Previously published studies show associations of pRNFL thickness and axial length or refractive error. Leung et al.18 demonstrated that high myopia is associated with a thinner pRNFL. Schuster et al.12 described a temporal shift of pRNFL thickness with increasing myopia. An increased axial length leads to a larger fovea to optic nerve head distance, resulting in a temporal shift of the inferior-temporal and superior-temporal maxima measurements.19,20 Consistent with these publications, we found a temporal shift of pRNFL thickness maxima and, accordingly, a decrease of the AMR (angle between the maxima of pRNFL thickness in the upper and lower hemisphere) with increasing myopia.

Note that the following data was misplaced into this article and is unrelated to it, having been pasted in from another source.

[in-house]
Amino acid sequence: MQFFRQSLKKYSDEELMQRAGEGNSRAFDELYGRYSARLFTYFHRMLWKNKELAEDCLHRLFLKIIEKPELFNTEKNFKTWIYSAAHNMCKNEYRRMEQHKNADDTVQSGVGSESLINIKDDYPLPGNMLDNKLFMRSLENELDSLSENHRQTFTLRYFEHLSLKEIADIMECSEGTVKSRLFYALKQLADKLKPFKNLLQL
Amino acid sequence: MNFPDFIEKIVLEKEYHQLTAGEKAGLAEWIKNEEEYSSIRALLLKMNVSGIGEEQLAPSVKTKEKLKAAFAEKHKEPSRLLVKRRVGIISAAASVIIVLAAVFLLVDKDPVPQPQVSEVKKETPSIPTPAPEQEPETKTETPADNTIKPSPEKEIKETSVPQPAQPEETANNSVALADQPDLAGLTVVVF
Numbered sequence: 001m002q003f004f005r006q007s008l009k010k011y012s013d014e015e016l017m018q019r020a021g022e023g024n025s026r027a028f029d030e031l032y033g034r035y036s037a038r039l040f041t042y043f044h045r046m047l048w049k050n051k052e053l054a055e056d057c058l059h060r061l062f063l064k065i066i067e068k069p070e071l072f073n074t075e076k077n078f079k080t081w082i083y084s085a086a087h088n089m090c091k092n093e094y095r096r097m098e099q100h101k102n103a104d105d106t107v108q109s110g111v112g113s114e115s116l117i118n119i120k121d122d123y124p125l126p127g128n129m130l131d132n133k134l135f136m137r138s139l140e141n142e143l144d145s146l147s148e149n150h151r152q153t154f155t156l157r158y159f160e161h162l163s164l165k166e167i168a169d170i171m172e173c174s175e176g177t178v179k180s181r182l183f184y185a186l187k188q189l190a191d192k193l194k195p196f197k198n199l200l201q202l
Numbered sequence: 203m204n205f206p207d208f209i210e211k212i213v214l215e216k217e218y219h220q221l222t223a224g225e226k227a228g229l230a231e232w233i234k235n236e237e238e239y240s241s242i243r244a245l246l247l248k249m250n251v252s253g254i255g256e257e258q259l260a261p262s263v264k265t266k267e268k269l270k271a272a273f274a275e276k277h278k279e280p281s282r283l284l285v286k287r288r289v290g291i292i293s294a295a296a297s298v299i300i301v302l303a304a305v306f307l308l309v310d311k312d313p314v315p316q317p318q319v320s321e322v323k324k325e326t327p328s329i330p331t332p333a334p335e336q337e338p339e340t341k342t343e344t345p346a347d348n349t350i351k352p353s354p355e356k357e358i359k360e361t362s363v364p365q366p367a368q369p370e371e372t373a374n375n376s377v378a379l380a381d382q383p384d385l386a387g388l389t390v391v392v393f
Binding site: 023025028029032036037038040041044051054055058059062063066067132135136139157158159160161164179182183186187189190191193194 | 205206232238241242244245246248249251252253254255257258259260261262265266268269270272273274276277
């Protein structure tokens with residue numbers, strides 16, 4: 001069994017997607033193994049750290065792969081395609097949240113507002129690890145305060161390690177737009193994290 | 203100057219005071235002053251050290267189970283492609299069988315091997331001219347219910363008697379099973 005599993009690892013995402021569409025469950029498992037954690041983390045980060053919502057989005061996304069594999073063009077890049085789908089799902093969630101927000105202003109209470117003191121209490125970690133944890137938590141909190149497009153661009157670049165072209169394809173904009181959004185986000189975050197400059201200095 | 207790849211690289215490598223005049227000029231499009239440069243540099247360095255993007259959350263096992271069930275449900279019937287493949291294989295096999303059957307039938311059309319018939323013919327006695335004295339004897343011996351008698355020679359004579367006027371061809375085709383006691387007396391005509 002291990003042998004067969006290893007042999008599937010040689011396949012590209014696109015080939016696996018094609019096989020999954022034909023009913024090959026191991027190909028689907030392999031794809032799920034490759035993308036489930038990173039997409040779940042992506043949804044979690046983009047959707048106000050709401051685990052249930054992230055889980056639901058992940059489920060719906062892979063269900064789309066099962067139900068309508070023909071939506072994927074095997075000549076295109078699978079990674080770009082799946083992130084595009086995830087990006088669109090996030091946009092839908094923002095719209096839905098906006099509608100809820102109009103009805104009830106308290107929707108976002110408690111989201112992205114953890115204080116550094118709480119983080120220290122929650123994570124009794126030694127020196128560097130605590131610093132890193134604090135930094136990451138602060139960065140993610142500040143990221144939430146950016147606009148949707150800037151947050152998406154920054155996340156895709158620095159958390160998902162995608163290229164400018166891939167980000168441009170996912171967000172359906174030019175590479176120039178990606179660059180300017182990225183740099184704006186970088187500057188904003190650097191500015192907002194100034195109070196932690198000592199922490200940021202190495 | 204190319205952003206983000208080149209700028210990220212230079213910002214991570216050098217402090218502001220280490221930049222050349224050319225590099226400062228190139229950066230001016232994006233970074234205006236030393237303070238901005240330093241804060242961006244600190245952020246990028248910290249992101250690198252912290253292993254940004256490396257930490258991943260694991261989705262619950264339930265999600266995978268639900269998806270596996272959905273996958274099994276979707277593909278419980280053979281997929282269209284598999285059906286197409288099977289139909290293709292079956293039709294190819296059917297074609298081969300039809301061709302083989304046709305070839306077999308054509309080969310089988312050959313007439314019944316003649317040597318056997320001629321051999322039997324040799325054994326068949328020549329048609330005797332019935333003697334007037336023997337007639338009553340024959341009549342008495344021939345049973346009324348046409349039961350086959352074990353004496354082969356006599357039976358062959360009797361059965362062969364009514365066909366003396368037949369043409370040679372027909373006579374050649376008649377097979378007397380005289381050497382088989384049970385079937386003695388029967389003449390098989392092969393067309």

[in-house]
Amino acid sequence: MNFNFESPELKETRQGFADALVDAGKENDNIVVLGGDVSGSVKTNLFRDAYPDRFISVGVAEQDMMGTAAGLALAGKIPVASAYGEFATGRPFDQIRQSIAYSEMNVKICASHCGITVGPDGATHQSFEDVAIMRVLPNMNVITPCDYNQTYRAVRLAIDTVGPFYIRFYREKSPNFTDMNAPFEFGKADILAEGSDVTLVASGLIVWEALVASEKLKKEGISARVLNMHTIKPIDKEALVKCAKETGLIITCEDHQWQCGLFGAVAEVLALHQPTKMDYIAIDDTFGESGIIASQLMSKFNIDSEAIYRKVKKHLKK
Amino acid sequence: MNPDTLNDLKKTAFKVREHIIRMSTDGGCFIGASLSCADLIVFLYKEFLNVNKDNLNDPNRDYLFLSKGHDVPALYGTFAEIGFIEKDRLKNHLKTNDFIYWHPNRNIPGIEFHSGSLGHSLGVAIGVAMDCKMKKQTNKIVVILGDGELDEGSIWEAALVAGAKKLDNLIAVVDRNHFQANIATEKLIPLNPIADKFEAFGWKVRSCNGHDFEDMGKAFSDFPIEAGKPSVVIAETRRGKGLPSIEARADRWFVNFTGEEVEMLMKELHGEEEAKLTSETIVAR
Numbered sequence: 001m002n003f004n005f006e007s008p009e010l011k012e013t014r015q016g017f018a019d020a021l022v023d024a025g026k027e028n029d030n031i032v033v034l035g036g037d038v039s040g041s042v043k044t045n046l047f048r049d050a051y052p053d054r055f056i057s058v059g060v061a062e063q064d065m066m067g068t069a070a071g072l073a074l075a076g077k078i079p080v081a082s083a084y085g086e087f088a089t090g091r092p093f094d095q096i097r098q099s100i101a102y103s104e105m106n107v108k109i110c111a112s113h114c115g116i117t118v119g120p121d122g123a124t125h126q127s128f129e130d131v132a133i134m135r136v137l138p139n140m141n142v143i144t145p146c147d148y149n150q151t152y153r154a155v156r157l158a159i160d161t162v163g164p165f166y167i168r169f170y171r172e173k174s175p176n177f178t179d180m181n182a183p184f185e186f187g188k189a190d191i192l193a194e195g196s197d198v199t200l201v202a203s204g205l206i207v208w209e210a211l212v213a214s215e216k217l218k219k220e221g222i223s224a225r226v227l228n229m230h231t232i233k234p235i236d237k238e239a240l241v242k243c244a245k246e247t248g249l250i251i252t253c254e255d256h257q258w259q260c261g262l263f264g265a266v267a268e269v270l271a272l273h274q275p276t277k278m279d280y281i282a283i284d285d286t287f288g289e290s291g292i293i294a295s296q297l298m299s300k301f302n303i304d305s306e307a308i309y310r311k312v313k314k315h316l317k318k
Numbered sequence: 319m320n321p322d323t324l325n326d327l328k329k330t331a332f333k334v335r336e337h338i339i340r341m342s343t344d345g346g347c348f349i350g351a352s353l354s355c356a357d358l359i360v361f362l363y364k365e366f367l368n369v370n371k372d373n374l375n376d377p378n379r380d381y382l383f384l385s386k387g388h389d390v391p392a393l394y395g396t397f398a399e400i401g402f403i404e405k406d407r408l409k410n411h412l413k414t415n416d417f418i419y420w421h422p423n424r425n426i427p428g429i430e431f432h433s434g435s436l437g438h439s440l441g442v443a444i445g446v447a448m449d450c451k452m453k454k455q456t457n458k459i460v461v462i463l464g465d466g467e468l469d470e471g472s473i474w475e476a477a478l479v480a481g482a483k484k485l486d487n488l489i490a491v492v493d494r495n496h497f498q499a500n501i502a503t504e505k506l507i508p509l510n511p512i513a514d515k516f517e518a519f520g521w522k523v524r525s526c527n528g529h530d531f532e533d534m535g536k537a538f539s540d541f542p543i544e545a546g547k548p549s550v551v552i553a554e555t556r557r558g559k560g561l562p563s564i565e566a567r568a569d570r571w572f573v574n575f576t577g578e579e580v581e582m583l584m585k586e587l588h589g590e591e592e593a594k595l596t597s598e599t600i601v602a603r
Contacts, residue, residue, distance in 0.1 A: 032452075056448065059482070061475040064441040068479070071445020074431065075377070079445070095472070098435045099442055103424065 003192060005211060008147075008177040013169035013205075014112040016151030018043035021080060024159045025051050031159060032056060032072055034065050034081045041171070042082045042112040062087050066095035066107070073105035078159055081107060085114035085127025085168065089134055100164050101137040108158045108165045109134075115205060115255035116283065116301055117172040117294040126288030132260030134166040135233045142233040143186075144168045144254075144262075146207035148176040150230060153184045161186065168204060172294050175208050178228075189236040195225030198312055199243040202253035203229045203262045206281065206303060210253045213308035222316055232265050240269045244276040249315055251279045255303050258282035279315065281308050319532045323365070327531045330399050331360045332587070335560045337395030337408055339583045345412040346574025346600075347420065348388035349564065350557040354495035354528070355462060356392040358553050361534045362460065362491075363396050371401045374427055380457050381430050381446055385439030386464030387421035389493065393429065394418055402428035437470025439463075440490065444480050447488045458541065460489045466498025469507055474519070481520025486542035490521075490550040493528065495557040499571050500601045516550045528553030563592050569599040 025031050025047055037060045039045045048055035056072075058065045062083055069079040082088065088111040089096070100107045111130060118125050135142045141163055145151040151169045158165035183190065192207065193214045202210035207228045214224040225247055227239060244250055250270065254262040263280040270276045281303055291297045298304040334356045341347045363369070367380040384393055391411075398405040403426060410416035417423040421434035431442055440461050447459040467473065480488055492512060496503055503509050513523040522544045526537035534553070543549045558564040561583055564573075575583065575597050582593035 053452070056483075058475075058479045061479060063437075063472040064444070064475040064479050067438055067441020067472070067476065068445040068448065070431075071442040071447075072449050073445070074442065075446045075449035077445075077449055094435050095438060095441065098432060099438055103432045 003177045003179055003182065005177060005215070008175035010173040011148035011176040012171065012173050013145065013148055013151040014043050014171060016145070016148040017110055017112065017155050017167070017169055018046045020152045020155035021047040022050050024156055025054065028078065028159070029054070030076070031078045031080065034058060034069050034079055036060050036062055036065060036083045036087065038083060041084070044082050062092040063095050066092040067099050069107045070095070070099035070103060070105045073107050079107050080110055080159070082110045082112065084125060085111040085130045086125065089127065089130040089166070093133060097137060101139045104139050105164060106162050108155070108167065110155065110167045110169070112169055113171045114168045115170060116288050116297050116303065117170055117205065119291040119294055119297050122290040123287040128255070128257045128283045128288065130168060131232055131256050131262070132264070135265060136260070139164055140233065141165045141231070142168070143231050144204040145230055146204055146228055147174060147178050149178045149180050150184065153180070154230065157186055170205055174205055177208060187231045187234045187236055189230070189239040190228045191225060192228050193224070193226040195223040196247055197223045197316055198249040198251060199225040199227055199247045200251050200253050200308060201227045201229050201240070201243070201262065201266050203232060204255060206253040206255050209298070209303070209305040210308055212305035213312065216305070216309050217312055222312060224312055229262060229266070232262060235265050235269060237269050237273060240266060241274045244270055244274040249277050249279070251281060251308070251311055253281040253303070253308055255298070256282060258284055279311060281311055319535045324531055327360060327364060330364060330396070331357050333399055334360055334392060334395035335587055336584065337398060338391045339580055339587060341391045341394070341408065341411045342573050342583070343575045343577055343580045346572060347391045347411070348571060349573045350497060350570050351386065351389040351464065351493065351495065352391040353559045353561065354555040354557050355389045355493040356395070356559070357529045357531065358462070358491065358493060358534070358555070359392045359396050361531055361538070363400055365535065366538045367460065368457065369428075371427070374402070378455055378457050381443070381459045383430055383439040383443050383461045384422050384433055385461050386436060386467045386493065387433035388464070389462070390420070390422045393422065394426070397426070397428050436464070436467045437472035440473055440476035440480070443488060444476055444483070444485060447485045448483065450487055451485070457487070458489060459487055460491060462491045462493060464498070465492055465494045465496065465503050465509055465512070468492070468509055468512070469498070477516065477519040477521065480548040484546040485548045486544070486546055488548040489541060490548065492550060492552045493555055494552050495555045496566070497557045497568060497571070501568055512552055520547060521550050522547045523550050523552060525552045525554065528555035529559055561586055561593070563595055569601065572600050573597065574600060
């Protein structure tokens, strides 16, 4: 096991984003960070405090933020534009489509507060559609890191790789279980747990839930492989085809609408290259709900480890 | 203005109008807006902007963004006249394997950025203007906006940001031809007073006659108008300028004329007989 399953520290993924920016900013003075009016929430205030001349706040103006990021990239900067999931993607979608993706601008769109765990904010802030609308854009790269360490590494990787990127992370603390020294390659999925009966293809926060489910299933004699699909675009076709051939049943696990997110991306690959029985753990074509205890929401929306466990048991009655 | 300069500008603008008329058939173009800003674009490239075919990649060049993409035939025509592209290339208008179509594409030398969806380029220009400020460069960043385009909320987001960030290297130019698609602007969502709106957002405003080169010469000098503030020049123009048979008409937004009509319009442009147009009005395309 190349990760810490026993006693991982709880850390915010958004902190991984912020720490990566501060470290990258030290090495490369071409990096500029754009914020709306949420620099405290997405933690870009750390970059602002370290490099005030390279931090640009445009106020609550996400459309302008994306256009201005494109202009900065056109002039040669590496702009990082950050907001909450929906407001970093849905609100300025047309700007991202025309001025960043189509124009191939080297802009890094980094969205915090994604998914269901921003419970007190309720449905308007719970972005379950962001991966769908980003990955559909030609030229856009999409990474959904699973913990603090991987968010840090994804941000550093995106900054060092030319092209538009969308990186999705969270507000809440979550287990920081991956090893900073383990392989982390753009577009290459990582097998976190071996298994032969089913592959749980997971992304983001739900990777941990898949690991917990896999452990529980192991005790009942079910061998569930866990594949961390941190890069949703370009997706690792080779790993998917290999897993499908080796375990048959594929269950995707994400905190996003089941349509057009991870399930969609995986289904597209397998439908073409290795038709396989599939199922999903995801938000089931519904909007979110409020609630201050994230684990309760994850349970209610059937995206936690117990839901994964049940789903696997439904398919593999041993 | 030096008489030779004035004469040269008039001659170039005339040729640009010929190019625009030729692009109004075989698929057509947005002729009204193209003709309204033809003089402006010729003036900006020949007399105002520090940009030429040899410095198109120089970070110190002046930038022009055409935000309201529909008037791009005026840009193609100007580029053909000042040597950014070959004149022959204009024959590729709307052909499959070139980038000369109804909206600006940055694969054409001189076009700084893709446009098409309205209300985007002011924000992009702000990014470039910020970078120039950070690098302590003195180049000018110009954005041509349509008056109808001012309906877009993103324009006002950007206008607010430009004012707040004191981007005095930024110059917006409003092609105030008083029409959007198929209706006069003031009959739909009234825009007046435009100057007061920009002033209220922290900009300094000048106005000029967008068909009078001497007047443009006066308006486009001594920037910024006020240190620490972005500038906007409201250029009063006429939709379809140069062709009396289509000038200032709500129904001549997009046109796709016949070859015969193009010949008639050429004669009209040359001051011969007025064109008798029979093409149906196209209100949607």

Our study demonstrates a different pRNFL profile between male and female. We found that female sex relates to a smaller AMR. Older age and larger optic disc size were associated with an increased AMR in our population. Our study confirms findings of Li and Rauscher et al., who previously reported different patterns of pRNFL between male and female subjects. They reported a temporal shift of pRNFL maxima in females that can be translated into an AMR reduction of −4.3° for female sex,21 which is very similar to our univariate result of −5.04° (95% CI: [−6.13; −3.96]) for female sex.